Picture this. A startup still in its infancy. While talking about its expansion plans, it begins detailing the product evolution, headcount growth, fundraising plans, competition analysis and so on. For most startups that idolize the likes of Steve Jobs, one would expect the common phrase, or something along those lines, “We will change the world." However, soon enough, there comes the big revelation. “In the next two years, we will be a unicorn!"
Since the billion-dollar tech startup was once considered equal in scarcity to the mythological creature, endlessly sought but never found, it deserves to elicit some excitement. But not obsession. But becoming a unicorn has become the ultimate “nirvana" moment for both venture capital and startup founders. In investment parlance, $1 billion “valuation" elevates a private company to the status of a “unicorn". According to CB Insights, there are 260 private firms globally valued at billion dollars-plus as of August 2018. These firms are collectively worth approximately $840 billion and have raised a combined $201 billion. About 120 were added in the last two years alone. Such obsession led to India having over 20, including Flipkart, Snapdeal, Ola, Oyo, Swiggy, Udaan, Freshworks, Paytm Mall, Inmobi, Hike, Policybazaar, Rivigo, Byju’s.
At first blush, data tells you that the average age of startups joining the coveted club is declining. While Ola took three years, Udaan has taken less that two. The hype around becoming a unicorn should also cool off as it mischaracterizes firms, judging them by their capacity to raise funds rather than building long-term value. Snapdeal, for instance, became a unicorn in 2014, but is now barely afloat. Or Shopclues for that matter. The e-commerce firm is said to be grappling with sluggish growth amid top-level exits. Now, as new set of unicorns emerge, it becomes imperative to throw some questions again.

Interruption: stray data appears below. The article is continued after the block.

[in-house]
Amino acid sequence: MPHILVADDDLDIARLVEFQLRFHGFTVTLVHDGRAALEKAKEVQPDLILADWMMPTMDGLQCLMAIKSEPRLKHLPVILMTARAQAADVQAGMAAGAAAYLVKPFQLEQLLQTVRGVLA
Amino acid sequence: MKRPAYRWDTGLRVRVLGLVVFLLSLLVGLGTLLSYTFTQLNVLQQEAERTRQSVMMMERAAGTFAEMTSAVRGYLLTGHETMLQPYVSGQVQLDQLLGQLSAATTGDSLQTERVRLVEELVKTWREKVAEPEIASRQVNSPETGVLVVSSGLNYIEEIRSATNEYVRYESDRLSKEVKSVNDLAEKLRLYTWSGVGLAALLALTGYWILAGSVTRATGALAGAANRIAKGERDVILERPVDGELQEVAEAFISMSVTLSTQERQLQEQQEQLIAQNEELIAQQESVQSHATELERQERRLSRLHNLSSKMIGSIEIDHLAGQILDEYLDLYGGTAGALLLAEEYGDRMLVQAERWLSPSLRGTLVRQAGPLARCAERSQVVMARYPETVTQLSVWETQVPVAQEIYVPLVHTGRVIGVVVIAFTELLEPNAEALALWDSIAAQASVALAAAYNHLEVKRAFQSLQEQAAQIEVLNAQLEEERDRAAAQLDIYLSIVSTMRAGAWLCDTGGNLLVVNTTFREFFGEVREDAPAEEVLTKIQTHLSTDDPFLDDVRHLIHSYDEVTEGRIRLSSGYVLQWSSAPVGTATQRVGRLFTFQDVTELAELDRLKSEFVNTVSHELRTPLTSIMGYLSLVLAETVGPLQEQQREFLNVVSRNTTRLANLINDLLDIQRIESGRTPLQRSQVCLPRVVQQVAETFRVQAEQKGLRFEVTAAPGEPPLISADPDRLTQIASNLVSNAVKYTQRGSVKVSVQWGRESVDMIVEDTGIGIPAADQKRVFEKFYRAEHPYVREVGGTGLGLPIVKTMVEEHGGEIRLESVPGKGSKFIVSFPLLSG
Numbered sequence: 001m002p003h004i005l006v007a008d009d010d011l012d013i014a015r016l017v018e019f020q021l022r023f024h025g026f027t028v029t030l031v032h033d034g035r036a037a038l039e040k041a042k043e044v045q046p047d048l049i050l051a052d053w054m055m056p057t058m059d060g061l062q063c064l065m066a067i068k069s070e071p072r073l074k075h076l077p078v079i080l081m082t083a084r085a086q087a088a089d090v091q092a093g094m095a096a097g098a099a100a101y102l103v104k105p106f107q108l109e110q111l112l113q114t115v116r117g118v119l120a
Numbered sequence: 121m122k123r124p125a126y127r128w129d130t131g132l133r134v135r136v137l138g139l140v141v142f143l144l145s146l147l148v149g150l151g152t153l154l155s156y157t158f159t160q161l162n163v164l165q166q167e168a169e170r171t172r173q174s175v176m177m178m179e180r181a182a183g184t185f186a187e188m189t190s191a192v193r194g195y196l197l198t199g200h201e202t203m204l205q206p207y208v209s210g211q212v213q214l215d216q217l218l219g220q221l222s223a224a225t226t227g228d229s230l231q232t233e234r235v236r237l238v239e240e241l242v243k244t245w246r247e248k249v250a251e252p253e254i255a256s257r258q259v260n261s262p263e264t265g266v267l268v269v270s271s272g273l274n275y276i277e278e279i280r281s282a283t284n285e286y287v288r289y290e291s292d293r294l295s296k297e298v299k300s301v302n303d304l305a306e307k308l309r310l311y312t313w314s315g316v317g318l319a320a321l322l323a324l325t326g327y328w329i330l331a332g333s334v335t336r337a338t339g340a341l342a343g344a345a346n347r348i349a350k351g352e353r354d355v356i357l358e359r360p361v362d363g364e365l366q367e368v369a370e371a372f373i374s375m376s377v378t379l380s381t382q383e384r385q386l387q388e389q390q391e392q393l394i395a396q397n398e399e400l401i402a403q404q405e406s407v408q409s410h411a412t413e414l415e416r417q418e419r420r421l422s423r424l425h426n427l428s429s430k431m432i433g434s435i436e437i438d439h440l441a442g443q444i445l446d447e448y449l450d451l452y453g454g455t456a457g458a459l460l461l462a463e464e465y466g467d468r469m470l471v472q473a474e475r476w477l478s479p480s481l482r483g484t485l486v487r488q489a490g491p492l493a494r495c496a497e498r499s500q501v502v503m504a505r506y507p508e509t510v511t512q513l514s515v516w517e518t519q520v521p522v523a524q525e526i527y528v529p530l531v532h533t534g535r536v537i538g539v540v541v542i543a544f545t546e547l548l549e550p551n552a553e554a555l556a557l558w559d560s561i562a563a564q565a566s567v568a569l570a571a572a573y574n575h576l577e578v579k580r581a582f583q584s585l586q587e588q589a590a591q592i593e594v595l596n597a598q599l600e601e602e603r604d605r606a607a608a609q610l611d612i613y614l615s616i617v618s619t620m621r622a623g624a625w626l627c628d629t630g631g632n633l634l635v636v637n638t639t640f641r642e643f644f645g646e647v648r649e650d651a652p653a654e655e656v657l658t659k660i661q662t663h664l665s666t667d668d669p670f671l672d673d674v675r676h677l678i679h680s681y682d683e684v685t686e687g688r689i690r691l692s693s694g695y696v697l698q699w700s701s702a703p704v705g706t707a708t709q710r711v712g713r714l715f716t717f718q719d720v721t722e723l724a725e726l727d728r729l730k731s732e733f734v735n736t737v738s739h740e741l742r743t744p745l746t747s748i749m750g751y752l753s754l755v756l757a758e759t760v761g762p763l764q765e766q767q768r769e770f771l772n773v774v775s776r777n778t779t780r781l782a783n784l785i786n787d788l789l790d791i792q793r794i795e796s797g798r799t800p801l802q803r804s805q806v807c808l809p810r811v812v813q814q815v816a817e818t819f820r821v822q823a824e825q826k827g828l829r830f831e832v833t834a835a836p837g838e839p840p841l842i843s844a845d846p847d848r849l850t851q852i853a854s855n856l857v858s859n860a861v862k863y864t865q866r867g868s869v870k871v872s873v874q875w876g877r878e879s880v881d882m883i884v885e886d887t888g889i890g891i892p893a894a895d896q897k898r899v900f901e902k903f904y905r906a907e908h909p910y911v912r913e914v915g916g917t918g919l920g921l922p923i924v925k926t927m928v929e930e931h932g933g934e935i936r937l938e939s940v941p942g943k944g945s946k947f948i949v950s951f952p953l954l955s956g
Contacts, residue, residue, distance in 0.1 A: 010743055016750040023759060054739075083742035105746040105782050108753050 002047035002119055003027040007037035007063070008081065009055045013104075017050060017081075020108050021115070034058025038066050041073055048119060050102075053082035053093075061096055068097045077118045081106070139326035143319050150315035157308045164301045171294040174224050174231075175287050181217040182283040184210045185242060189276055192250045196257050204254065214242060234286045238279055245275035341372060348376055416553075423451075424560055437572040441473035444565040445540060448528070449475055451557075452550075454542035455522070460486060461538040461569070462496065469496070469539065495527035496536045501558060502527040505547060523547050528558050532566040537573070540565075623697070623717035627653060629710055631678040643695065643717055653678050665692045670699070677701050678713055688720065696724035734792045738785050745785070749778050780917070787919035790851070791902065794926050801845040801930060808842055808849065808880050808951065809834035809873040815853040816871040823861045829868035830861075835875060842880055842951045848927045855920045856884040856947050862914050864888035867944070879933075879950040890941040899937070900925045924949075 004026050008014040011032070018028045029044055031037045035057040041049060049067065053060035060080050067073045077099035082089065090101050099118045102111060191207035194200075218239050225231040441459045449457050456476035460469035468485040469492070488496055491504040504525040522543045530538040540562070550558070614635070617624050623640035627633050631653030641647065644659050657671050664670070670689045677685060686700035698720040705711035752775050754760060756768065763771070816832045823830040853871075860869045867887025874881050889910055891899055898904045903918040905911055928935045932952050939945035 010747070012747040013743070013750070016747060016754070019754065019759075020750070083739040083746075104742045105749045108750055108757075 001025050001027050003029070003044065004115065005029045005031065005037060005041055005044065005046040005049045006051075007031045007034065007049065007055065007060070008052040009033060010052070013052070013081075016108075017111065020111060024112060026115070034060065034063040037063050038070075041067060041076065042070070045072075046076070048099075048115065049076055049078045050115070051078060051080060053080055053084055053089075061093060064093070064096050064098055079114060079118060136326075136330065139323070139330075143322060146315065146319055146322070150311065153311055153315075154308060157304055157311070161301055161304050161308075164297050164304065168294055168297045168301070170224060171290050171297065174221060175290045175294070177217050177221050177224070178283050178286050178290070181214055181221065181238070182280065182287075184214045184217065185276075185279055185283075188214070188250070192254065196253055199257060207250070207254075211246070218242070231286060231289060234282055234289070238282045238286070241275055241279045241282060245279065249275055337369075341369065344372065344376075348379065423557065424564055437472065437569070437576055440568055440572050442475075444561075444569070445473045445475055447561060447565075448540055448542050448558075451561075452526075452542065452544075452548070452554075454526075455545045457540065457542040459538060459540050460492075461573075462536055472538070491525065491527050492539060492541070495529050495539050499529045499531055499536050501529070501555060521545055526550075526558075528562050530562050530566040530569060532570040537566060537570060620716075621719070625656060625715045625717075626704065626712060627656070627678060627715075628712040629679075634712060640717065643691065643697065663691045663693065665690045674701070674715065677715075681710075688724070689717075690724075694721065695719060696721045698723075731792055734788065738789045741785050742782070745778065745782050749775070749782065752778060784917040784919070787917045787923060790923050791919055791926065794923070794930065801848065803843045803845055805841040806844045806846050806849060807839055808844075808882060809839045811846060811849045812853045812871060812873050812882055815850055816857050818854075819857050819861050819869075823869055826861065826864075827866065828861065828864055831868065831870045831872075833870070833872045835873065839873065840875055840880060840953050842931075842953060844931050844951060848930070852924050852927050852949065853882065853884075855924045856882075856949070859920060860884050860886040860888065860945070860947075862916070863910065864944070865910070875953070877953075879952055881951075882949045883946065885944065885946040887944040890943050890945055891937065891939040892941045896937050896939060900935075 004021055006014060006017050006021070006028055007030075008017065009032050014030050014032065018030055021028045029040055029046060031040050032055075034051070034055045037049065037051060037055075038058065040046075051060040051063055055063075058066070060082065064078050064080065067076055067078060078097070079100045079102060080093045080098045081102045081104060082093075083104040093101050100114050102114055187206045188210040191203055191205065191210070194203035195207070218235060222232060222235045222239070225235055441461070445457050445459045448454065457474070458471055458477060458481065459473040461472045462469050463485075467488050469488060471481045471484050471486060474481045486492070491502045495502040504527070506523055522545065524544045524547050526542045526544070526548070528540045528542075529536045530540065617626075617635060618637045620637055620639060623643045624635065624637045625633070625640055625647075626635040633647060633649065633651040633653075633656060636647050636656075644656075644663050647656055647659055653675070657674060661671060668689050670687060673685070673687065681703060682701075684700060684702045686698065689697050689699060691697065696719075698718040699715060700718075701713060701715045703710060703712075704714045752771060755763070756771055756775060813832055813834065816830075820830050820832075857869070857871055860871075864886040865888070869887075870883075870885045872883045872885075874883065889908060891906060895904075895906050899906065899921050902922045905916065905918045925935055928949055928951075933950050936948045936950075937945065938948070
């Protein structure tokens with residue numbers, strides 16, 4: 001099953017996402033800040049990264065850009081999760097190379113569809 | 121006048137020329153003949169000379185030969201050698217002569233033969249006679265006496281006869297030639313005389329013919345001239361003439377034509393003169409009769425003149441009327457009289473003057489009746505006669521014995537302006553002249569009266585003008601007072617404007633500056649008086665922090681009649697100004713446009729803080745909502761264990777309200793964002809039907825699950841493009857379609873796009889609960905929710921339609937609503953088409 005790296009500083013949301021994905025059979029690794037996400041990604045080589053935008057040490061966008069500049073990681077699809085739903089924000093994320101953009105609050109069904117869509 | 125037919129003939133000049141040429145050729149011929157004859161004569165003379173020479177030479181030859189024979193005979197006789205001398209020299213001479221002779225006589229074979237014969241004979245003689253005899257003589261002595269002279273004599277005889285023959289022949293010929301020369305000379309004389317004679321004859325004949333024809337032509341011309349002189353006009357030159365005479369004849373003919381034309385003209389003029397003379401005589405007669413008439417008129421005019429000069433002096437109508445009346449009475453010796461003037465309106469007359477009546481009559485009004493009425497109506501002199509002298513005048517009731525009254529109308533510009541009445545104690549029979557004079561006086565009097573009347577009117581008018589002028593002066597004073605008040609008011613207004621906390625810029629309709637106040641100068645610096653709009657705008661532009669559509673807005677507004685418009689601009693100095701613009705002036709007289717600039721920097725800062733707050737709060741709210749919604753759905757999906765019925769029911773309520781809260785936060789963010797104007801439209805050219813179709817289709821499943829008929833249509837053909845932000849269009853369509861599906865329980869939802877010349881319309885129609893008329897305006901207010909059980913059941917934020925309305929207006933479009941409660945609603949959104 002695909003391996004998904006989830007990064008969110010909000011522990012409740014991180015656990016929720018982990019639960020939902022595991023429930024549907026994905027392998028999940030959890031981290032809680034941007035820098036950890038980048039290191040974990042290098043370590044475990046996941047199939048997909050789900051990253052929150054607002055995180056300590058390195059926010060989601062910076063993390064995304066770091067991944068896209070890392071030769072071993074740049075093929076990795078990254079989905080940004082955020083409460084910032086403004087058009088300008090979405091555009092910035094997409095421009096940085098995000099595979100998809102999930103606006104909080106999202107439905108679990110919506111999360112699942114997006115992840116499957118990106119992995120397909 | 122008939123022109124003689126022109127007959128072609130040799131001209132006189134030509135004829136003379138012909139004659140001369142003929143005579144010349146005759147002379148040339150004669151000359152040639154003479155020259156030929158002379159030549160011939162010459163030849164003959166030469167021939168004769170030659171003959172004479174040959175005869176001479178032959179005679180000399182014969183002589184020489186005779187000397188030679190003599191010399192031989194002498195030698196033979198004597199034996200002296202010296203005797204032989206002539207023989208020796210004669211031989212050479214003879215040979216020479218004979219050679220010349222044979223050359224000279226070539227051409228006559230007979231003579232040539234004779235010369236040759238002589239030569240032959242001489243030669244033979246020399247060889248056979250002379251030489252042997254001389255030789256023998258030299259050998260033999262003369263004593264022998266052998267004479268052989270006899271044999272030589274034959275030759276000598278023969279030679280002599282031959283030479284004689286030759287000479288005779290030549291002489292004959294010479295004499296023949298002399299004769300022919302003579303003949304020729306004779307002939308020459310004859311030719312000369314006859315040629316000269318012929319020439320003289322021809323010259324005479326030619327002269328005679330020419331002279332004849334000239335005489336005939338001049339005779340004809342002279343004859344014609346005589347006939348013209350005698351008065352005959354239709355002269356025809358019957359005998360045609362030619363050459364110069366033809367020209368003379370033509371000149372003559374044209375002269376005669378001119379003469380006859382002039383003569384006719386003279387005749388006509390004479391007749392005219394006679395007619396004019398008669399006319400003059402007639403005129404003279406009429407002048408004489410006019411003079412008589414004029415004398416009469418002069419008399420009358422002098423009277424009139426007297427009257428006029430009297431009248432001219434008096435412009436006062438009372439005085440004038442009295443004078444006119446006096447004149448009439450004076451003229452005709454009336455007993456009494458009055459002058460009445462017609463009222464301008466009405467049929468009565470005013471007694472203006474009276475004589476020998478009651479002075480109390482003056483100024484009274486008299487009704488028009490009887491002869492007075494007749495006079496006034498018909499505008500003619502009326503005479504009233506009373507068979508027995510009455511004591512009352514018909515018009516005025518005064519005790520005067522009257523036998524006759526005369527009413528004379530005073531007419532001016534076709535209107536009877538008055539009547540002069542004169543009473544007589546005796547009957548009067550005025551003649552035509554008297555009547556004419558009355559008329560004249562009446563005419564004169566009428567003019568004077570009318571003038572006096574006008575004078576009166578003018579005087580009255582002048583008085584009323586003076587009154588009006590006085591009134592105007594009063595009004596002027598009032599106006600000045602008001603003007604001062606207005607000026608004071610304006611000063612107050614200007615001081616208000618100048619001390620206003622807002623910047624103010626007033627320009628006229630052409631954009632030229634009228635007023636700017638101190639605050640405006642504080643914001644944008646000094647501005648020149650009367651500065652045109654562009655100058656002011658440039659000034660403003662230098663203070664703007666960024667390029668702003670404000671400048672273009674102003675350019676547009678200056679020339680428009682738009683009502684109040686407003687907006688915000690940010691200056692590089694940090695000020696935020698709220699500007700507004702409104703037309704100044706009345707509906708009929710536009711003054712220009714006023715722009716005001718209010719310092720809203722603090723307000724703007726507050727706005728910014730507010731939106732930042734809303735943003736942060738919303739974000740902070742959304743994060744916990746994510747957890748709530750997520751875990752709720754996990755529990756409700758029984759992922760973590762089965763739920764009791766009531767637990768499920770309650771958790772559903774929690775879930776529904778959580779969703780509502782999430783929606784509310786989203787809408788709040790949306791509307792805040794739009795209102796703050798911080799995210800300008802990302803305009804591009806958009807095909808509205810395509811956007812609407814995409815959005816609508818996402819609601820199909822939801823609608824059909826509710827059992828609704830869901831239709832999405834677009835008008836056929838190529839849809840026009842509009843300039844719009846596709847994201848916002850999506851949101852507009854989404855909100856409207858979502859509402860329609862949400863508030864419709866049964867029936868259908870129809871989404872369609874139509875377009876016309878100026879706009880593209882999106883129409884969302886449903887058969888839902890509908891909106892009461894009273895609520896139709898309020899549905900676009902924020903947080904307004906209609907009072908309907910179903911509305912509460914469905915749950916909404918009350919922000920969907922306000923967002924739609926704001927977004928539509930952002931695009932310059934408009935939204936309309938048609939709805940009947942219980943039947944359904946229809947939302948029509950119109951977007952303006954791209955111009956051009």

Can you burn your way to success?
Perhaps yes. But one trend is clear among the new set of unicorns—it is no more about domination in the home country, but about global ambitions. Both Ola and Oyo are looking at international markets. Such pursuits require huge cash burn and investors are okay with it. Besides, there is too much capital which helps significantly to mark up the valuations.
Large and disproportionate outcomes in tech investing have actually come from the top entity and not the second in the list. And, to be number one, you have to go capture the market before anyone else does. If it means you have to burn a lot of money to get there, be it so. Also, frugality is a virtue not appreciated by venture capitalists anymore. Leadership is not determined by operating metrics, it is benchmarked against how much capital can a founder attract. This is particularly true for startups competing in the winner-take-all space where they have no choice but to raise capital and burn to stay ahead.
Trying to be profitable or sensible is a huge gamble. The same is not true for companies where true MOATS define success. As branding has become more important for VC firms, the desire to be associated with winning companies has intensified. VC funds should be judged by the returns they generate, but, in the near term, success can be claimed through investments in hot companies.
Private or public?
The incentives for staying private has never been greater for startups—huge influx of late-stage capital from non-traditional sources chasing venture-like returns. They can afford to stay private for as long, to focus on long-term strategy rather than short-term quarterly earnings, retaining the competitive advantage that comes from not disclosing business details. Google (Alphabet Inc.) and Facebook Inc., the gold standards in the startup world went public in six and eight years, respectively. Contrast this with Ola (AnI Technologies Pvt. Ltd) or Paytm (One97 Communications Pvt. Ltd) or Uber Technologies Inc. who can afford to stay private for so long.
Ready for scrutiny?
Too much capital can result in a valuation race that is not only an illusion externally, but also dangerous internally as it can lead to losing focus. As number of unicorns grow, it calls for higher scrutiny on how long can they sustain it with long term value creation than merely hitting the benchmark. Perhaps, a unicorn report card is an idea whose time has come.
Shrija Agrawal is Mint’s deals editor. Due Diligence will run every week and cover issues in India’s venture capital, private equity and deals space.